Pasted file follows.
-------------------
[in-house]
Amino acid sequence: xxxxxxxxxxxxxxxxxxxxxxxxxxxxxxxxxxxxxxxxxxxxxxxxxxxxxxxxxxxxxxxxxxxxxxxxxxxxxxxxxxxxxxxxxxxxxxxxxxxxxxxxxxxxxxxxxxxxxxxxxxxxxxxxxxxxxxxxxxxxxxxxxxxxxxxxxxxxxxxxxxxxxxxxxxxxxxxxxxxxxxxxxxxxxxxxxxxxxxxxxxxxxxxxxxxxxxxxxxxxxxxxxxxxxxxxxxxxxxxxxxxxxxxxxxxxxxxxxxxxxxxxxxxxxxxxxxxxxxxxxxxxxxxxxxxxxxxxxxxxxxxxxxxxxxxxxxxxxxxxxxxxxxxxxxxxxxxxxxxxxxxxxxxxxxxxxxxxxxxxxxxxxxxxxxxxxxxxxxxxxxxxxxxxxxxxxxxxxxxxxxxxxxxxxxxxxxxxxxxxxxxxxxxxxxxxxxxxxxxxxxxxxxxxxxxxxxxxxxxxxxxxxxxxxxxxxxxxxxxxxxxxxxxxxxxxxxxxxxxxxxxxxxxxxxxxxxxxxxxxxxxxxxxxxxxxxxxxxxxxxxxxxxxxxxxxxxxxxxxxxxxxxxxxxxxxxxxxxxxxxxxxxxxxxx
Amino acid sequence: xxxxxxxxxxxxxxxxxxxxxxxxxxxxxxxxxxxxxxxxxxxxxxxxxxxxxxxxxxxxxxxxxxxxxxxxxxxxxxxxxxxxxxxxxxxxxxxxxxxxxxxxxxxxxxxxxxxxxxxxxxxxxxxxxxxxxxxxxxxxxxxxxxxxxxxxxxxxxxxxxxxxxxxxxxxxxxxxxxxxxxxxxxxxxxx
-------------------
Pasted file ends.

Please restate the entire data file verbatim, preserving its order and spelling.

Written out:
[in-house]
Amino acid sequence: xxxxxxxxxxxxxxxxxxxxxxxxxxxxxxxxxxxxxxxxxxxxxxxxxxxxxxxxxxxxxxxxxxxxxxxxxxxxxxxxxxxxxxxxxxxxxxxxxxxxxxxxxxxxxxxxxxxxxxxxxxxxxxxxxxxxxxxxxxxxxxxxxxxxxxxxxxxxxxxxxxxxxxxxxxxxxxxxxxxxxxxxxxxxxxxxxxxxxxxxxxxxxxxxxxxxxxxxxxxxxxxxxxxxxxxxxxxxxxxxxxxxxxxxxxxxxxxxxxxxxxxxxxxxxxxxxxxxxxxxxxxxxxxxxxxxxxxxxxxxxxxxxxxxxxxxxxxxxxxxxxxxxxxxxxxxxxxxxxxxxxxxxxxxxxxxxxxxxxxxxxxxxxxxxxxxxxxxxxxxxxxxxxxxxxxxxxxxxxxxxxxxxxxxxxxxxxxxxxxxxxxxxxxxxxxxxxxxxxxxxxxxxxxxxxxxxxxxxxxxxxxxxxxxxxxxxxxxxxxxxxxxxxxxxxxxxxxxxxxxxxxxxxxxxxxxxxxxxxxxxxxxxxxxxxxxxxxxxxxxxxxxxxxxxxxxxxxxxxxxxxxxxxxxxxxxxxxxxxxxxxxxxxxxxx
Amino acid sequence: xxxxxxxxxxxxxxxxxxxxxxxxxxxxxxxxxxxxxxxxxxxxxxxxxxxxxxxxxxxxxxxxxxxxxxxxxxxxxxxxxxxxxxxxxxxxxxxxxxxxxxxxxxxxxxxxxxxxxxxxxxxxxxxxxxxxxxxxxxxxxxxxxxxxxxxxxxxxxxxxxxxxxxxxxxxxxxxxxxxxxxxxxxxxxxx